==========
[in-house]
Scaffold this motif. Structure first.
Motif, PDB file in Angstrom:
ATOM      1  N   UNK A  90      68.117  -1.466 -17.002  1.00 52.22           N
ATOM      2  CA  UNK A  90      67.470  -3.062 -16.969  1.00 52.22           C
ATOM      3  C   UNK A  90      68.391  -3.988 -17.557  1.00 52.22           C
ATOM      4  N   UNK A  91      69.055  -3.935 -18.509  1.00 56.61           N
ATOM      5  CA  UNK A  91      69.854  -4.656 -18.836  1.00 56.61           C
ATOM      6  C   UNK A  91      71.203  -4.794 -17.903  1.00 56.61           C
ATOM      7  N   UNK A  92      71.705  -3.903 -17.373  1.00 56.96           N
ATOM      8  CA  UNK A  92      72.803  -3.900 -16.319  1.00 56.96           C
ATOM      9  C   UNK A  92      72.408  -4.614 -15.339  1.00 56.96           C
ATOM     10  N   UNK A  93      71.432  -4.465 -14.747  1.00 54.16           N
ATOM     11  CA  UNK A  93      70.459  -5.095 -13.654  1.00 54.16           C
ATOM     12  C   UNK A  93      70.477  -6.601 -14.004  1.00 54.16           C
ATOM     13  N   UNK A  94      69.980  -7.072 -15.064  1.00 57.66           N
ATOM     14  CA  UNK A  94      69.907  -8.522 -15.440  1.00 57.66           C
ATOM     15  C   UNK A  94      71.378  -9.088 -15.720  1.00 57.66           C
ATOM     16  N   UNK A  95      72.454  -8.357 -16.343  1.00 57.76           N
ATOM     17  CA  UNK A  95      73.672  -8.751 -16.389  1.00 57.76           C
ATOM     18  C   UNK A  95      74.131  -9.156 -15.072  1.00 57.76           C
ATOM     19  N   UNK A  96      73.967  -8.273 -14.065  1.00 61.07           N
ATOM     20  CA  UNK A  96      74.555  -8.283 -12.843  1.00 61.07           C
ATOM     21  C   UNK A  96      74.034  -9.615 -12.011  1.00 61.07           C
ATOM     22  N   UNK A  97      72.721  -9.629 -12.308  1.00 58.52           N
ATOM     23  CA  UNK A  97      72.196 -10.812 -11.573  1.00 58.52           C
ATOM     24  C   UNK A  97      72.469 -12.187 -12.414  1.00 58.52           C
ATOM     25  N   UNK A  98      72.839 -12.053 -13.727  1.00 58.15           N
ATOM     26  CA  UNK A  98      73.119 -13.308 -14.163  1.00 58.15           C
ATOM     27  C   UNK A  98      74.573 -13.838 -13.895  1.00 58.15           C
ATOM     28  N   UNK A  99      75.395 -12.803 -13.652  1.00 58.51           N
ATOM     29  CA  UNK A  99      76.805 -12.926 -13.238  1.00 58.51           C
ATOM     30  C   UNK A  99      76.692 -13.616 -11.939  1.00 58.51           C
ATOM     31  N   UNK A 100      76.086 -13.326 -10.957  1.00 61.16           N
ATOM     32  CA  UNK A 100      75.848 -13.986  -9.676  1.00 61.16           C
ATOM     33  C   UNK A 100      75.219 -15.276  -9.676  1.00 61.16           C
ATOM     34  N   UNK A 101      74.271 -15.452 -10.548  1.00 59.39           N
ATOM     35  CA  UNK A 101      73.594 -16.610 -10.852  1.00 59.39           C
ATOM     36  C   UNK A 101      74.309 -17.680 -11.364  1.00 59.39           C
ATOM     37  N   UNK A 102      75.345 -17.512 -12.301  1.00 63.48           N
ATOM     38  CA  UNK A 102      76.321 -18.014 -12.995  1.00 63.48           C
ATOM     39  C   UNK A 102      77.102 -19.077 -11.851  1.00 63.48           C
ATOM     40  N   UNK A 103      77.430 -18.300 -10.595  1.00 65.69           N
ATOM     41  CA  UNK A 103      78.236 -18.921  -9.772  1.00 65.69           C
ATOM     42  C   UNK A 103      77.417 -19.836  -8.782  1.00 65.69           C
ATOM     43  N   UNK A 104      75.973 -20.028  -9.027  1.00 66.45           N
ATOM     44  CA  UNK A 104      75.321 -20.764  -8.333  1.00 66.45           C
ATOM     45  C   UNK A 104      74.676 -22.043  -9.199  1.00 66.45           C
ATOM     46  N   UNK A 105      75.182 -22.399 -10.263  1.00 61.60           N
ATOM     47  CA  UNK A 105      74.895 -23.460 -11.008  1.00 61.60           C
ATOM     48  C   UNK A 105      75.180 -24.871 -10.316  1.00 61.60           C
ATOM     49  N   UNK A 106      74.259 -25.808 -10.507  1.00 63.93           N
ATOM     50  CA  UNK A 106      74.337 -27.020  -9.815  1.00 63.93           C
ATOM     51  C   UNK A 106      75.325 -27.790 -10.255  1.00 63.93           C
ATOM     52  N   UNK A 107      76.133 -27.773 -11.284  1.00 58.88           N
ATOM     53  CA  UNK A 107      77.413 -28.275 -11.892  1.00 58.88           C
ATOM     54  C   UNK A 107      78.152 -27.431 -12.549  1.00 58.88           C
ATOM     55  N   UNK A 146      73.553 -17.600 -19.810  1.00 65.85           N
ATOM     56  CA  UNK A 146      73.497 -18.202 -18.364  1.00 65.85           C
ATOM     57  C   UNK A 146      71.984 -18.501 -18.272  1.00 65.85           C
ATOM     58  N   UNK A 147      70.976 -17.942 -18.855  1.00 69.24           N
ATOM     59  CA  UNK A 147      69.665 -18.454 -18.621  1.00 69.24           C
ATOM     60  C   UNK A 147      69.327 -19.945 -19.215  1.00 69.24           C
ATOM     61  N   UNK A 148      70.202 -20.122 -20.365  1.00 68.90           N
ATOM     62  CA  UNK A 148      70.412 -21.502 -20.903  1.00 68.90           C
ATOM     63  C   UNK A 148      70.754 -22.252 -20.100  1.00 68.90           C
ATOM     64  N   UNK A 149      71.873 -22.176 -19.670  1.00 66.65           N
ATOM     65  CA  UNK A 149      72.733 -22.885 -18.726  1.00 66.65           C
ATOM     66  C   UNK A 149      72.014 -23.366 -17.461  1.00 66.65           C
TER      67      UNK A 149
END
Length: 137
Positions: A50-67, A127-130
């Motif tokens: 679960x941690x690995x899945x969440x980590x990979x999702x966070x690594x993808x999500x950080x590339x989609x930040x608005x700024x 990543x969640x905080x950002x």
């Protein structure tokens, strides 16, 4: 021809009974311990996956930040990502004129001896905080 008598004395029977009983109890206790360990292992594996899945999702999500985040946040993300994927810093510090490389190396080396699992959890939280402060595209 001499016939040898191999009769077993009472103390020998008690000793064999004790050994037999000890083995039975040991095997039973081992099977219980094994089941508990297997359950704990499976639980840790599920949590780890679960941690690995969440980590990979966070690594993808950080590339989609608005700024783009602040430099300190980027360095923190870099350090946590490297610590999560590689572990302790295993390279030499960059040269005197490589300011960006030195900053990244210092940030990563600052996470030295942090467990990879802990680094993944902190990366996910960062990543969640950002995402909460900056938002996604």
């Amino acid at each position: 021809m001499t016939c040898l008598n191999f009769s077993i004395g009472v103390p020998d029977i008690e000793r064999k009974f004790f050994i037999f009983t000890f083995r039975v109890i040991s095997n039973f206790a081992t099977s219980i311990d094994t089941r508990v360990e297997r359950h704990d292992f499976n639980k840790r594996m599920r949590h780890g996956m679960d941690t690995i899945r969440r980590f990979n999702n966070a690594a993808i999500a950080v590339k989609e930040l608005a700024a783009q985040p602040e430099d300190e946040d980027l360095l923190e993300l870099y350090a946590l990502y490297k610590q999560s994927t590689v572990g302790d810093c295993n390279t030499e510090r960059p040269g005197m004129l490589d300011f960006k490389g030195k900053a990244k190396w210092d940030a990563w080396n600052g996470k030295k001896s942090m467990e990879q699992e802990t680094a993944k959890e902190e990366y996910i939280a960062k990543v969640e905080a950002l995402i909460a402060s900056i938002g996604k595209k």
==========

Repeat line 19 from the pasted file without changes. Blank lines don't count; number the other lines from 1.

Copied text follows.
ATOM     16  N   UNK A  95      72.454  -8.357 -16.343  1.00 57.76           N